Continued from the last posting here:
Likutey Moharan I:9 – Week 1
“And know! Everything depends on the degree of emes (truth) a person has. For the main light is Hashem, and Hashem is the essence of emes. Hashem’s primary yearning is for nothing but the emes……See it that words leave your mouth in emes, and then, from Above, Hashem will long to dwell with you. And when he dwells with you, He will shine for you.” (9:3)
So often I rush through the words of the siddur because in the back of my mind something tells me that I have to finish this piece or that piece – and that finishing these pieces is more important than the real attention I devote to the words of the prayer. How many times do I really direct my words directly to Hashem when saying the word אתה (“You”) or reflect on the fact that I was talking directly to Hashem and when I see words ending with ךָ (remembering who is the “Your”)?
Based on the words from lesson Likutey Moharan I:9 quoted above, I understood that in order for words to leave my mouth with emes, I would need to slow down and override the inclination which tells me saying more is better. As Rabbi Chaim Kramer succinctly wrote in Rebbe Nachman and You,
“Simplicity means clarity. ‘I do one thing at a time. I am not under pressure to be a superman.'”
In his collection Likutey Eitzos Ivri Teitch (translated into Hebrew as Eitzos Mevu’aros and also included in the excellent new Bechukosai Teileichu series), Rabbi Shimshon Barski of Uman, a descendant of the Rebbe, reminded me that in order for words to leave my mouth with emes, I had to make sure I first understood the meaning of the words and be careful not to skip over any of them (Eitzos Mevu’aros, Emes v’Emuna #6). In discussing this advice with a good friend who is an American-born chassid, he told me that when he was newly married, he spent 15 minutes a day on better understanding the words in the siddur. Continuing this practice for a few years, he ultimately found it to be very helpful and suggested that I determine whether I could find a time in my daily schedule for this. I spoke to my rabbi about this suggestion and he also concurred that it would certainly be worth my while to do so.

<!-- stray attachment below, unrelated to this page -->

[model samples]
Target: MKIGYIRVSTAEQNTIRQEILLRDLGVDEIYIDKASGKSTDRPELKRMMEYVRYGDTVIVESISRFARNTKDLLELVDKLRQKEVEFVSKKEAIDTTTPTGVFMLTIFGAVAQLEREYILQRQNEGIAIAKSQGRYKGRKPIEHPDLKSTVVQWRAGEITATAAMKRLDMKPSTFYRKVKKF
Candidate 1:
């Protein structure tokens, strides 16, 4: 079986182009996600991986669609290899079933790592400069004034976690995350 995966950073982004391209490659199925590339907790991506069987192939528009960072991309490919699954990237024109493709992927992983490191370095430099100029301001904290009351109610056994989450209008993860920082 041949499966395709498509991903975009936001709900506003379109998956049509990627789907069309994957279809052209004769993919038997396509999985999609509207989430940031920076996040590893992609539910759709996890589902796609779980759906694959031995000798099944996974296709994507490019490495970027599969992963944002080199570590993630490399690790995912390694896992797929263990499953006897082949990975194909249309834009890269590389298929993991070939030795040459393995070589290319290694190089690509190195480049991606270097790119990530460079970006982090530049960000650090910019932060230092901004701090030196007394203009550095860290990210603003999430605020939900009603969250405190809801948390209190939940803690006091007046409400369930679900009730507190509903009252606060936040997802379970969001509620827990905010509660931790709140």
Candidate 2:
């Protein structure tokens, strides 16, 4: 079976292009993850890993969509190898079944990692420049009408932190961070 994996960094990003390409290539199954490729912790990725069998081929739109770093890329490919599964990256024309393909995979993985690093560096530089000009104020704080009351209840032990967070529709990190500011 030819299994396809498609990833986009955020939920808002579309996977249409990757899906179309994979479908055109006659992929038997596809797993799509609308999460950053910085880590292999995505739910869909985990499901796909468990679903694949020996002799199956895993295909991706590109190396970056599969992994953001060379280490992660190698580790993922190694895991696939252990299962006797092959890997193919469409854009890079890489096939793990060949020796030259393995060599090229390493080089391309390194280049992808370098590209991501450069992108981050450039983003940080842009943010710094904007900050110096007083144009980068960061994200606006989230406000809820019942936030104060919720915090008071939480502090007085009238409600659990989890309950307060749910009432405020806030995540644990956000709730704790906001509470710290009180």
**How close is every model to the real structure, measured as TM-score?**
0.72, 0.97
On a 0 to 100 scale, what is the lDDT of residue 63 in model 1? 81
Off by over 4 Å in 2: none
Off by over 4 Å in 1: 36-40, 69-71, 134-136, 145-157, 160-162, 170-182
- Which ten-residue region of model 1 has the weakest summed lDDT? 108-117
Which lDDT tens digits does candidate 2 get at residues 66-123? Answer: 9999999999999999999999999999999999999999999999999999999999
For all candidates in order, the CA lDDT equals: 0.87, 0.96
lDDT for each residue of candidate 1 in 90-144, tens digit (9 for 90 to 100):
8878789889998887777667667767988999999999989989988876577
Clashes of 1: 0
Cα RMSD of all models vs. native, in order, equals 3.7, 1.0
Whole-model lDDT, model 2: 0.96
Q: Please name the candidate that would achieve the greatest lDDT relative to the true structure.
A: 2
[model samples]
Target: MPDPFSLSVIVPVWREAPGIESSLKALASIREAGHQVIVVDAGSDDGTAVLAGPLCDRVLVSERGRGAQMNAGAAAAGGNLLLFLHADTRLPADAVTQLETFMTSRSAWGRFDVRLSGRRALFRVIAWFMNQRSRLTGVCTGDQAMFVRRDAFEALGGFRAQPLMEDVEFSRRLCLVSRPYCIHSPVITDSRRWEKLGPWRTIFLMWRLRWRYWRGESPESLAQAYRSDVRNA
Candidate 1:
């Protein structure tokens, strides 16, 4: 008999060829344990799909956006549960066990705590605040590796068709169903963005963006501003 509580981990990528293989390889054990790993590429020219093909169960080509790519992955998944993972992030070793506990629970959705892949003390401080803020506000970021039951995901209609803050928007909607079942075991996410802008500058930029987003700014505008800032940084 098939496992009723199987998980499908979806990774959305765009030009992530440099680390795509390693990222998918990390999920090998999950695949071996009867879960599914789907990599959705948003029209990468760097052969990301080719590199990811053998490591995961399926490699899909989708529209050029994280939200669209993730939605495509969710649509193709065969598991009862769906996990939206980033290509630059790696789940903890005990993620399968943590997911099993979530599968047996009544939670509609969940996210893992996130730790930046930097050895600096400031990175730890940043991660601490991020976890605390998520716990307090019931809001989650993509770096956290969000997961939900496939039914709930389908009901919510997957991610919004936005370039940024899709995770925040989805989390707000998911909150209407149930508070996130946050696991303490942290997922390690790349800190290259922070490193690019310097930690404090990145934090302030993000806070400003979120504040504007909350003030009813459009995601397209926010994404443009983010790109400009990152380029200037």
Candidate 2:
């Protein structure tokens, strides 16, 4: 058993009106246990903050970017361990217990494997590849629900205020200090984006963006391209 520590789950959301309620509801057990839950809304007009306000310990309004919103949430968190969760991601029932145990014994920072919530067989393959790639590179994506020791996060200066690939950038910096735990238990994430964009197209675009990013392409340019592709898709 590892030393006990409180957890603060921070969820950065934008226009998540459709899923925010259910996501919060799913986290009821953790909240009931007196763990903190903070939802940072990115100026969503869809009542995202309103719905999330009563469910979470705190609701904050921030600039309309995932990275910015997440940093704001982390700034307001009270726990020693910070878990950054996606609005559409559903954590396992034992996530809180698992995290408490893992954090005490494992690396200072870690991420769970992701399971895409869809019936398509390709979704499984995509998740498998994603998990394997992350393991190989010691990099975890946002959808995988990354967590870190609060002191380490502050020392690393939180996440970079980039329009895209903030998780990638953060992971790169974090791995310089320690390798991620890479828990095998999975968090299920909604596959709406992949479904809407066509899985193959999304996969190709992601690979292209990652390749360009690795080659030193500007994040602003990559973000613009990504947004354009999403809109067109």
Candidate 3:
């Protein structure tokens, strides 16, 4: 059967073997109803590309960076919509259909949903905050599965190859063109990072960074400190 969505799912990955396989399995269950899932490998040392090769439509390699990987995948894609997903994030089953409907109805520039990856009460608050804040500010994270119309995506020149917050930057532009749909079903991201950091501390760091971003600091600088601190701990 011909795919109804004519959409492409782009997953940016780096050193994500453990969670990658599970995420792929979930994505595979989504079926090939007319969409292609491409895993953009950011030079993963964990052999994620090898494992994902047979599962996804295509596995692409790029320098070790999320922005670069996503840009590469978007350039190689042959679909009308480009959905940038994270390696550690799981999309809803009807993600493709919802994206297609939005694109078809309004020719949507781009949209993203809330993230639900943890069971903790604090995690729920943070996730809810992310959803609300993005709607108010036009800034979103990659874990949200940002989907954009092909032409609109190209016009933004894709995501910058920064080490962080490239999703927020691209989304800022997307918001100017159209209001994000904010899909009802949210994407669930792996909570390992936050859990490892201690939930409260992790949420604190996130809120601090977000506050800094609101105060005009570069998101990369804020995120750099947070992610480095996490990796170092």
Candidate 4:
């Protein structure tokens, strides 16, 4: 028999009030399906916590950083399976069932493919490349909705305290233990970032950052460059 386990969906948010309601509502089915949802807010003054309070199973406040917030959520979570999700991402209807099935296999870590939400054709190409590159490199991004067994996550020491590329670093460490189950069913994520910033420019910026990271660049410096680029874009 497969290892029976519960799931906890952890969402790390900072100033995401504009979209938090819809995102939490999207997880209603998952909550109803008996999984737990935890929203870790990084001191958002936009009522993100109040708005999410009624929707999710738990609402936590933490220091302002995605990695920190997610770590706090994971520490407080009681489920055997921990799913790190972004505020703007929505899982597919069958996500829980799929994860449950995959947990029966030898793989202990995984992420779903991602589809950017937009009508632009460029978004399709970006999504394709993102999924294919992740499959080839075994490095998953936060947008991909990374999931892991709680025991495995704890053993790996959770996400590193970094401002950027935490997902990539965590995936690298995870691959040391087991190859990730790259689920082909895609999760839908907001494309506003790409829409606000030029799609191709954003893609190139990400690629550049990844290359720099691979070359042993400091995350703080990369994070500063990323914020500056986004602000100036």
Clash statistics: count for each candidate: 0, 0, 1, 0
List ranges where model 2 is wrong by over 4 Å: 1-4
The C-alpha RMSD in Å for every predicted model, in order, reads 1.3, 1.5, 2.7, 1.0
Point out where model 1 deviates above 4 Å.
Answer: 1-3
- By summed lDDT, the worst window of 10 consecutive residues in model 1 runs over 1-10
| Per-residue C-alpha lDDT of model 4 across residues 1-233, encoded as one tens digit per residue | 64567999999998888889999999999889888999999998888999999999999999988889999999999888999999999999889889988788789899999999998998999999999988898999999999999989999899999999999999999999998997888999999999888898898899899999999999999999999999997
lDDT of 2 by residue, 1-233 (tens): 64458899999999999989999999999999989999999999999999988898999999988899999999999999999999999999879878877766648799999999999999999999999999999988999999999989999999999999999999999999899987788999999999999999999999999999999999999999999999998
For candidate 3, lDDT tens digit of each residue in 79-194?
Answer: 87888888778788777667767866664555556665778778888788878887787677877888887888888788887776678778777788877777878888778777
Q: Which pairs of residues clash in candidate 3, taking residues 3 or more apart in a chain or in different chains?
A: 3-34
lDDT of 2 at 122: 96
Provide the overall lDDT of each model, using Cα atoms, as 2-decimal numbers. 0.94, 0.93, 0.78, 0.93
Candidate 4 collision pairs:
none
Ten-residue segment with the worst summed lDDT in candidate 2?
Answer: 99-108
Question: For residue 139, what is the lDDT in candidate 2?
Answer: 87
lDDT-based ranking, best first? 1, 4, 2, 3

Once I had resolved to spend time each day to better understanding the words of the siddur, I recalled that the last time I had done this in earnest was one summer between my sophomore and junior year of college. Why had it taken me 20 years to revisit getting a better understanding of a book I had used three times a day since then? I had spent time with all kinds of other books, but not this most fundamental of books!
Picking up a siddur, I was confronted with the obvious first question of where to start. Knowing myself too well, I realized that if I started at the beginning I would quickly lose steam once I started trudging through the Korbanos section which I continuously struggle to find meaningful. Since the Likutey Moharan I:9 mentions Yaakov and connects him to prayer and emes (truth) dispelling darkness, it seemed most appropriate to begin with Maariv. I also thought beginning with Maariv was appropriate since it is the prayer I always found it most difficult to daven since I am usually so tired by that time (especially in the summer months when it is even later!). However, this was just my hunch and I was concerned that my starting point might be based on my own assumptions and not something that could really be derived from the Rebbe’s lesson in Likutey Moharan.
So, I opened up Likutey Halachos to a section that was connected to this lesson in Likutey Moharan and was relieved to see that Reb Noson also made the same connection that I had. In Likutey Halachos, Hilchos Geneiva 5:16 he taught that Yaakov instituted the prayer of Maariv because in the midst of darkness a person needs to attach himself to the emes. With this reassurance that I was on the right track, I decided that I would delve into Maariv; a page or so a day using both a siddur with an English translation for the simple meaning of the words and Siddur Avodas HaLev for insights from Breslov literature (I would have used BRI’s Breslov Siddur, however the section on Maariv was not yet ready).
Next week I will let you know how it went.